The purpose of this information is to
attract attention of tourists to cultural heritage of Uzbekistan, the valuable
samples of which are positioned in the Bukhara state museum. Many thousands of
guests have already visited the museum, but we must establish a fact, that
Uzbekistan still terra incognita for most of the representatives of western
civilization. Unfortunately Russia with its wide history overshadows the history
of less big countries of former USSR. Therefore our desire is to throw light
upon one of the important tourism attractions of present-day Uzbekistan, which
was established in the first decades of 20 century. In order to achieve of that
goal an article of G.N. Kurbanov (see copyright information)
is cited below.
The Bukhara State museum was
founded in November 10, 1922.
The permanent exposition of the museum represents the nature and history of the
area, the development of folk decorative and applied art. The museum has a rich
collection of more than 60 thousand exhibits. Among them is the archeological
collection reflecting different stages of history of the ancient Bukhara oasis.
The most valuable are items from the burial mounds dating back to period from
the second century B.C. till first century A. D., a numismatic collection (from
fourth century B. C. till nineteenth century A. D.), earthenware articles of the
Early Middle Ages and of the golden age of Bukhara when the city was a political
and cultural centre of the Samanid state.
Bukhara is the centre for trade and handicraft since times of antiquity. It was
famous for copper-chasing, jeweler?s art, ceramics and the art of gold
embroidery. The 18th-20th century articles made by Bukhara coppersmiths or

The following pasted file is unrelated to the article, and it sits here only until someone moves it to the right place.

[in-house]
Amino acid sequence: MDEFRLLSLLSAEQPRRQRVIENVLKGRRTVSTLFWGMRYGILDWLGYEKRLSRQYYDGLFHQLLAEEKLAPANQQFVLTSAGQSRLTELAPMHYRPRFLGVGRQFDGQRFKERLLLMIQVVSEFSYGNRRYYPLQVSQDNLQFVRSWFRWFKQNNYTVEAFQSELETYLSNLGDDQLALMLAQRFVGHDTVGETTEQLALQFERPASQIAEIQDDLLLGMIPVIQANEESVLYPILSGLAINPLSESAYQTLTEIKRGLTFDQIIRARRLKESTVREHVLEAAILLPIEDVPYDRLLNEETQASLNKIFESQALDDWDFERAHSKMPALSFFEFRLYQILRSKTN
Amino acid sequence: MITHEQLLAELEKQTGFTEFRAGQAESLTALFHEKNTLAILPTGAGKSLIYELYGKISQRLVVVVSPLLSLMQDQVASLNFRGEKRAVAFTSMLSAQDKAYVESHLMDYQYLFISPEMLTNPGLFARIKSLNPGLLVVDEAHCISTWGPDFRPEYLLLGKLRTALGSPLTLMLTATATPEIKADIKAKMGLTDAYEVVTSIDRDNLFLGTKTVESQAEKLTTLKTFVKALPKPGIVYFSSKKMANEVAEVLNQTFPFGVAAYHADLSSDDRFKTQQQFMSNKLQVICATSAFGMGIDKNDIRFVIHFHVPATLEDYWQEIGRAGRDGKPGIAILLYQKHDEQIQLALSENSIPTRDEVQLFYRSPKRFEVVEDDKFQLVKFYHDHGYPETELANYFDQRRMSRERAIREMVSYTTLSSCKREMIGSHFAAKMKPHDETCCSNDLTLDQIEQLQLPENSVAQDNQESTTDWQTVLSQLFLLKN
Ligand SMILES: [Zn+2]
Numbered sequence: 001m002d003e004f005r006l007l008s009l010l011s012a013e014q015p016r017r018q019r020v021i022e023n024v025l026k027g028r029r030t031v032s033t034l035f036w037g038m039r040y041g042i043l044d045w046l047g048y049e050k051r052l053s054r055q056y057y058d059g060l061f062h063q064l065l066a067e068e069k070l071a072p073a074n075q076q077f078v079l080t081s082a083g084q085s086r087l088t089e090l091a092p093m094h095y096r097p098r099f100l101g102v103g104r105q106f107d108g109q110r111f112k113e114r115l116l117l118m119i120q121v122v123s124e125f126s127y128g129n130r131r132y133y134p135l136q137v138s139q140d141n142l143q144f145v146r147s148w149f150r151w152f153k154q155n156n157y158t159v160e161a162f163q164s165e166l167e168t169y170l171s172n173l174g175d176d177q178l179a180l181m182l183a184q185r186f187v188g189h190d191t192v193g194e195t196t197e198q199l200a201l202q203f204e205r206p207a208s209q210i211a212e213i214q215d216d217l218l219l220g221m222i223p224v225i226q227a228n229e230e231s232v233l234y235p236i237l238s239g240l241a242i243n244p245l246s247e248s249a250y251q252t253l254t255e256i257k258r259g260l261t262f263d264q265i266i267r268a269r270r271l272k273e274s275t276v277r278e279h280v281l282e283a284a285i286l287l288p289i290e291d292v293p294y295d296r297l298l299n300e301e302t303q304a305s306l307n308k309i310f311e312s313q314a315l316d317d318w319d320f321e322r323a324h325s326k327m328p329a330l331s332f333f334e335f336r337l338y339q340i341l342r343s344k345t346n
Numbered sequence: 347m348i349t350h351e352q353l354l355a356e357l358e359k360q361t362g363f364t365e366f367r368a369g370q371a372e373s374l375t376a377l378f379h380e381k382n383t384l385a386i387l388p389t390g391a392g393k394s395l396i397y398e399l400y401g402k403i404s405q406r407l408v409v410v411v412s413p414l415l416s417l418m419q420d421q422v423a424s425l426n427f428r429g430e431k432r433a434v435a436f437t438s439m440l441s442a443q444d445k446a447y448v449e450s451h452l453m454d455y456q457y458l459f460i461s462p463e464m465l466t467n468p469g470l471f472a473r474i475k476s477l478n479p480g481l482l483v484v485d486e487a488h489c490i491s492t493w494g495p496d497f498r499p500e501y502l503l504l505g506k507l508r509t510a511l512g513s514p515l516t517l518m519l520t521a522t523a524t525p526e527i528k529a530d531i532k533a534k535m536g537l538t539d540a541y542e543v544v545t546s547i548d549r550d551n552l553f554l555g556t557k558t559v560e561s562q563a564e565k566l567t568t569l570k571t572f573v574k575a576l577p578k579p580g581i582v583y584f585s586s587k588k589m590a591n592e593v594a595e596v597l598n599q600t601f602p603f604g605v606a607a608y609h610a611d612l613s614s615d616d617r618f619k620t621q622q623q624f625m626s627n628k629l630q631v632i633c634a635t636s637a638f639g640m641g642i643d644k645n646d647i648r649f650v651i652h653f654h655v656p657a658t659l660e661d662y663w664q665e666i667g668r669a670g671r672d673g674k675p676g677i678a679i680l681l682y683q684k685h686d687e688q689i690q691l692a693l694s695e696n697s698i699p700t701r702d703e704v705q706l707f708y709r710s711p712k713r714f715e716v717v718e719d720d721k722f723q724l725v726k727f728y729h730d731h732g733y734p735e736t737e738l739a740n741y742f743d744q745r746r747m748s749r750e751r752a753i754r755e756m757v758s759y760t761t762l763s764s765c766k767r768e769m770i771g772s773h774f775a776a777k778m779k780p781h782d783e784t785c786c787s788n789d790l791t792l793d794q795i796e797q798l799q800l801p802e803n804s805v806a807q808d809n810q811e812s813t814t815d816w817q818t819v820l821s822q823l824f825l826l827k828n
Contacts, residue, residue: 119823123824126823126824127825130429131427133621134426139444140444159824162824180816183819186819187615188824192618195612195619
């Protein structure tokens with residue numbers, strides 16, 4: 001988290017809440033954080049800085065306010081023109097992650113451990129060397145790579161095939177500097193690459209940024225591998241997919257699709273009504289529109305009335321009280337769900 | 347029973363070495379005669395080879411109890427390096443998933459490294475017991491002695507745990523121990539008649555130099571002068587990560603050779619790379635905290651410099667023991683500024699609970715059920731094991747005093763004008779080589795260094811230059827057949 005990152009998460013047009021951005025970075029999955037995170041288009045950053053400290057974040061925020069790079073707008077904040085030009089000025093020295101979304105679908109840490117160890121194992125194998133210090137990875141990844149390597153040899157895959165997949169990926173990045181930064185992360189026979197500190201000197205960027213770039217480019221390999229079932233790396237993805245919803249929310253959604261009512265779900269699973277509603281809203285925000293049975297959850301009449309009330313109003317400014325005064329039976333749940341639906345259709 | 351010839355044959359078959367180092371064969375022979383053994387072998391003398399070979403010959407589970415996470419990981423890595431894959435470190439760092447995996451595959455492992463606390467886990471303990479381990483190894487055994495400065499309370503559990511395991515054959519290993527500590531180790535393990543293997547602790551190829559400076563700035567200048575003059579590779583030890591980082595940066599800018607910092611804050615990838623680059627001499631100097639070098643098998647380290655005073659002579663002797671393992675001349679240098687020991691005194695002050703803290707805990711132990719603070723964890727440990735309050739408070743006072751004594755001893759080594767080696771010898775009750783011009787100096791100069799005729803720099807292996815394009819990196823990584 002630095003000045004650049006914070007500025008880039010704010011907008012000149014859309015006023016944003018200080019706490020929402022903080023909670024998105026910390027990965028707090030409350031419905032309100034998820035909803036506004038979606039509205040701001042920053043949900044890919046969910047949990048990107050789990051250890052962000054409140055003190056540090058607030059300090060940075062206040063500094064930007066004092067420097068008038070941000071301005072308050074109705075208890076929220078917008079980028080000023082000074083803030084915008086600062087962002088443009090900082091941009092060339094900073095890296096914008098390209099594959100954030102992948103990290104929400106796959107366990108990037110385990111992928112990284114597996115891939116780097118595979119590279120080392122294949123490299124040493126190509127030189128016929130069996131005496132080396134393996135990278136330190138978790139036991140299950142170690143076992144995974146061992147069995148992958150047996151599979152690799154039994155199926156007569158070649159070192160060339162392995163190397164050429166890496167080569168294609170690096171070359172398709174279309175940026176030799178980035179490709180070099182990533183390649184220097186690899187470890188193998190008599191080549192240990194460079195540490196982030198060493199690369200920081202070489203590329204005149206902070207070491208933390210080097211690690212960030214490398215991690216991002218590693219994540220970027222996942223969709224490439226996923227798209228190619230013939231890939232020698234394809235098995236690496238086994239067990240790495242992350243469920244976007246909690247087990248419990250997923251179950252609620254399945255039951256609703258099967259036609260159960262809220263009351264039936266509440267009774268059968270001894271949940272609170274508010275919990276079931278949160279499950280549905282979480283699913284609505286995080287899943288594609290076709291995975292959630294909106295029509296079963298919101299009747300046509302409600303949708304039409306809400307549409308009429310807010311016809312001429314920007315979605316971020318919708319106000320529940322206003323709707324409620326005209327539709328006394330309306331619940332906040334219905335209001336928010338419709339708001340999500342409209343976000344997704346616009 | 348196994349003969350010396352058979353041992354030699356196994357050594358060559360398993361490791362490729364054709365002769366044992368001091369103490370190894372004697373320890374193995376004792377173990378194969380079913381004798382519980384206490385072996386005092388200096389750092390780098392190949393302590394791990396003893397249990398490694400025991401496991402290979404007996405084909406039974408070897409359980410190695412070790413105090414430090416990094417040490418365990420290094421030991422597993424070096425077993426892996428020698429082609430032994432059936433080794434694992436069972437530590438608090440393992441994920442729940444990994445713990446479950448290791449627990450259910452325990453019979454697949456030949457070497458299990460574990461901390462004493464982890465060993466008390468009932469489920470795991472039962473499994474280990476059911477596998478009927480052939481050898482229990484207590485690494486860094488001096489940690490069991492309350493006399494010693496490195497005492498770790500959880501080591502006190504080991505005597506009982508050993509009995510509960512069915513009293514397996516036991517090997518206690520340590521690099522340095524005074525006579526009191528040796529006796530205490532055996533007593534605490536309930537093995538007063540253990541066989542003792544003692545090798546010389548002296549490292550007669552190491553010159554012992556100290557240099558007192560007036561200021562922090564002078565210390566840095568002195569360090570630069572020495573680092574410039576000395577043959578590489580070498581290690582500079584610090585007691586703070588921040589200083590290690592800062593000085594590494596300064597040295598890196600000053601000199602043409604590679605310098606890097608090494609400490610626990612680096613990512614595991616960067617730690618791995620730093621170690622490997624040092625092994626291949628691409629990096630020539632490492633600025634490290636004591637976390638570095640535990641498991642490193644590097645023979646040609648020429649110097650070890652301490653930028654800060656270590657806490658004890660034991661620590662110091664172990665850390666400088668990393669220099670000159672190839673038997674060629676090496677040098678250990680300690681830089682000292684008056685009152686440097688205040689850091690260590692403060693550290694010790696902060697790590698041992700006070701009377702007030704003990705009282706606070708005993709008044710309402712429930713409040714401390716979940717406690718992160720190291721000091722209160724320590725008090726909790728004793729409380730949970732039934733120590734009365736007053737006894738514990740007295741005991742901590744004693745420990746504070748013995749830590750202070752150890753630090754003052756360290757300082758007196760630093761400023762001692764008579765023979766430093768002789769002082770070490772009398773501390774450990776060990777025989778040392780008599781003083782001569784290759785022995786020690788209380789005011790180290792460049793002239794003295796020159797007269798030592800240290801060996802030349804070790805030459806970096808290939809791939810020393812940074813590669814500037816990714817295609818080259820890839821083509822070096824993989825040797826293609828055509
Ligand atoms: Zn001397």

"misgars", as they are called here, such as dastshui, oftoba, choidish are
notable for the strict beauty of form and the rhythmic arrangement of patterns.
The jewelers, too, have added a vivid page to the history of artistic treatment
of metal. Bukhara was famed for a variety of forms and perfect technique of
bracelets "das-tpona", "khalka" ear-rings, pendants, belt-buckles and necklaces,
and also for original big articles of jeweler?s art coated with engraving,
niello, enameling of varied colors.
The museum boasts a rich collection of embroidery ? one of the most popular
kinds of folk decorative and applied art. Among them are decorative wall
hangings ? susana, nimsusana. zardevor; bed-spreads or joipush which were
destined, mainly, for the bride's dowry.
Suzana ? a decorative wall-hanging. Bukhara, late 19th
embroidery with woolen threads on a cotton fabric ?mata?, ?jurma? stitch.
Gold embroidery is the predominant part of the Bukhara decorative handicraft.
Visitors to the museum are invariably impressed with the brilliance of
embroidery and filigree of work of gold-embroiders or ?zarduzes? of Bukhara.
Manuscripts played an important role in the life of the society. They carefully
preserved and passed on the varied legacy of written culture of the Bukhara
oasis. The collection of manuscripts at the museum has quite a number of books
on the history, philosophy, literature, natural sciences, and cookery. The
earliest ones date back to the sixteenth century.
Articles of men's gold-embroidered clothes.
The museum is engaged in large-scale scientific-re?search work and collecting of
exhibits. The museum accu?mulates more than two thousand exhibits annually.
More than one million two hundred people visit the Bukhara State
historical-architectural museum and its branches every year.
Pichok ? knives. Bukhara, early 20th
century. Blades ? steel,
engraving; decorated hafts made of metal and bone; sheaths ? leather, brass,